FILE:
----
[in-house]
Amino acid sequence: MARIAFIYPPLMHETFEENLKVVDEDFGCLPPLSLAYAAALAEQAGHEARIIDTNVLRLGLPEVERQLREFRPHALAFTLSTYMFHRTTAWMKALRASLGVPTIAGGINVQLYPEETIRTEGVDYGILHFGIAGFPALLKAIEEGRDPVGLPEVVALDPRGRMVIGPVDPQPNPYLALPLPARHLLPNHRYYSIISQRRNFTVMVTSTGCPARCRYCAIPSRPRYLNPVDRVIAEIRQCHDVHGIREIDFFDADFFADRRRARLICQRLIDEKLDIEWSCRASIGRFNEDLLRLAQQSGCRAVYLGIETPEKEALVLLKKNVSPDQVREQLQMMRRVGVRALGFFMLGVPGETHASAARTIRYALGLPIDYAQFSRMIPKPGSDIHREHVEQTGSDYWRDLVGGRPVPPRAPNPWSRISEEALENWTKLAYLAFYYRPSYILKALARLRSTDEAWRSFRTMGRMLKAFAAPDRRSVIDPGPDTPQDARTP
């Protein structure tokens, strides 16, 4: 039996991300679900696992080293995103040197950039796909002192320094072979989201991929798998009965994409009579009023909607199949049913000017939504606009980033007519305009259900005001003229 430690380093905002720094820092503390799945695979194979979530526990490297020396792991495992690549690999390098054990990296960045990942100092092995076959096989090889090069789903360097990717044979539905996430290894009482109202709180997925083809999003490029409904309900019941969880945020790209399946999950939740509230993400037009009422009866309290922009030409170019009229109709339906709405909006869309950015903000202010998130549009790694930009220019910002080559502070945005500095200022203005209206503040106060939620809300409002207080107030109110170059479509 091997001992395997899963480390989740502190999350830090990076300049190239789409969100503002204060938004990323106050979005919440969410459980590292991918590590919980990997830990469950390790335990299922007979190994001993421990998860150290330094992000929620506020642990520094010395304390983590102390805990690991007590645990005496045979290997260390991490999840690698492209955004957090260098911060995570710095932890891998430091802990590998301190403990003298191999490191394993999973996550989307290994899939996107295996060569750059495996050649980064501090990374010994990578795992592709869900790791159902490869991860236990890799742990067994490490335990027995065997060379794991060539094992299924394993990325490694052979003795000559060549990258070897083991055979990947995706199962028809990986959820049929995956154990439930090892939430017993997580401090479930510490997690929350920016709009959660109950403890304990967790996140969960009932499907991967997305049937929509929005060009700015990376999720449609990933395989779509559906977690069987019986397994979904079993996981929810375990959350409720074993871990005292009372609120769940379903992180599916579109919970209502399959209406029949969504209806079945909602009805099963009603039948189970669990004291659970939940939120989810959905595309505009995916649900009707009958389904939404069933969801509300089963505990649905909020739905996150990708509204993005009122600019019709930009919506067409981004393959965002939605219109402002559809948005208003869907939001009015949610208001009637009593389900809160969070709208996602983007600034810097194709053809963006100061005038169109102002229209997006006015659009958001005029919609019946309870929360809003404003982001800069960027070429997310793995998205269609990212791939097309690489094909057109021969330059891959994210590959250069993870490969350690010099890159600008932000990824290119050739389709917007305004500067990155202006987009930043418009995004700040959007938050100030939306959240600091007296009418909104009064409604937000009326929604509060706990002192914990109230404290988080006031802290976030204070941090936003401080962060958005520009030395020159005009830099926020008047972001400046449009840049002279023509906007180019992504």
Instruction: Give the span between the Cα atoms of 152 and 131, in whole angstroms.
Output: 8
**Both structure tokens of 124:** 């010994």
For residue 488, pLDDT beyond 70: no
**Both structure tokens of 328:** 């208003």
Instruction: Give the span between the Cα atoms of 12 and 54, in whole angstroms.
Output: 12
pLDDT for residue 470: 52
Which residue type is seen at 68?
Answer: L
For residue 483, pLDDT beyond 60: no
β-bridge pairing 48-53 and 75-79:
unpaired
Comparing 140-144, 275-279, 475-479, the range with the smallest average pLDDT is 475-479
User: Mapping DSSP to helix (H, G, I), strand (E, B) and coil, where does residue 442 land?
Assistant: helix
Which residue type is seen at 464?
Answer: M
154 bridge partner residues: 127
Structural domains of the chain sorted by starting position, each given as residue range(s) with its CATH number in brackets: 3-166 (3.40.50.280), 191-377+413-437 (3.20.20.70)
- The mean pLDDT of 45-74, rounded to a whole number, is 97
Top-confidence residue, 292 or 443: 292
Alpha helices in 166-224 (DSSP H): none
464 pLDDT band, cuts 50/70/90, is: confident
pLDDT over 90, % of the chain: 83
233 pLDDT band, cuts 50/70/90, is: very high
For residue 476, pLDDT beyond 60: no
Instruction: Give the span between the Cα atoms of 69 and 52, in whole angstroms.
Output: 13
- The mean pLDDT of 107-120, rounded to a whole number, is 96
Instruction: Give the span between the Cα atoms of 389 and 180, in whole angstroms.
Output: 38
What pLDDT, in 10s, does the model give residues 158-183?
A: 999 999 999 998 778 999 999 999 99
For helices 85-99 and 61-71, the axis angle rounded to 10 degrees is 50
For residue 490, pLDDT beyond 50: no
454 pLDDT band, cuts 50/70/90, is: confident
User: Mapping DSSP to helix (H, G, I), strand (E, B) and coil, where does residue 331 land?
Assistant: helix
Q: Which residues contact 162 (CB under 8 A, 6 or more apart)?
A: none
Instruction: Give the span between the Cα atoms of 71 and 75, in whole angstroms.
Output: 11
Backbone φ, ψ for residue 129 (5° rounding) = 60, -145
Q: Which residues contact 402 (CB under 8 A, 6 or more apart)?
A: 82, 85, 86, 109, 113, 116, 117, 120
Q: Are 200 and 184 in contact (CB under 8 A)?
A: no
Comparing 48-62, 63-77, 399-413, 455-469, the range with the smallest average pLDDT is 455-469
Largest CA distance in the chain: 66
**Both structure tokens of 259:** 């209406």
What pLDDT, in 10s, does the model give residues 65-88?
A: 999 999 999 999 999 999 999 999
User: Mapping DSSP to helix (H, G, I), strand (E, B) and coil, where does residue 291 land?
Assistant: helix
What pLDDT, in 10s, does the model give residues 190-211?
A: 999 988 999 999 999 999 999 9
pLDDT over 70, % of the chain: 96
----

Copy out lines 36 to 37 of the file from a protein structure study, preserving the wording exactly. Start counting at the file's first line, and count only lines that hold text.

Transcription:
What pLDDT, in 10s, does the model give residues 158-183?
A: 999 999 999 998 778 999 999 999 99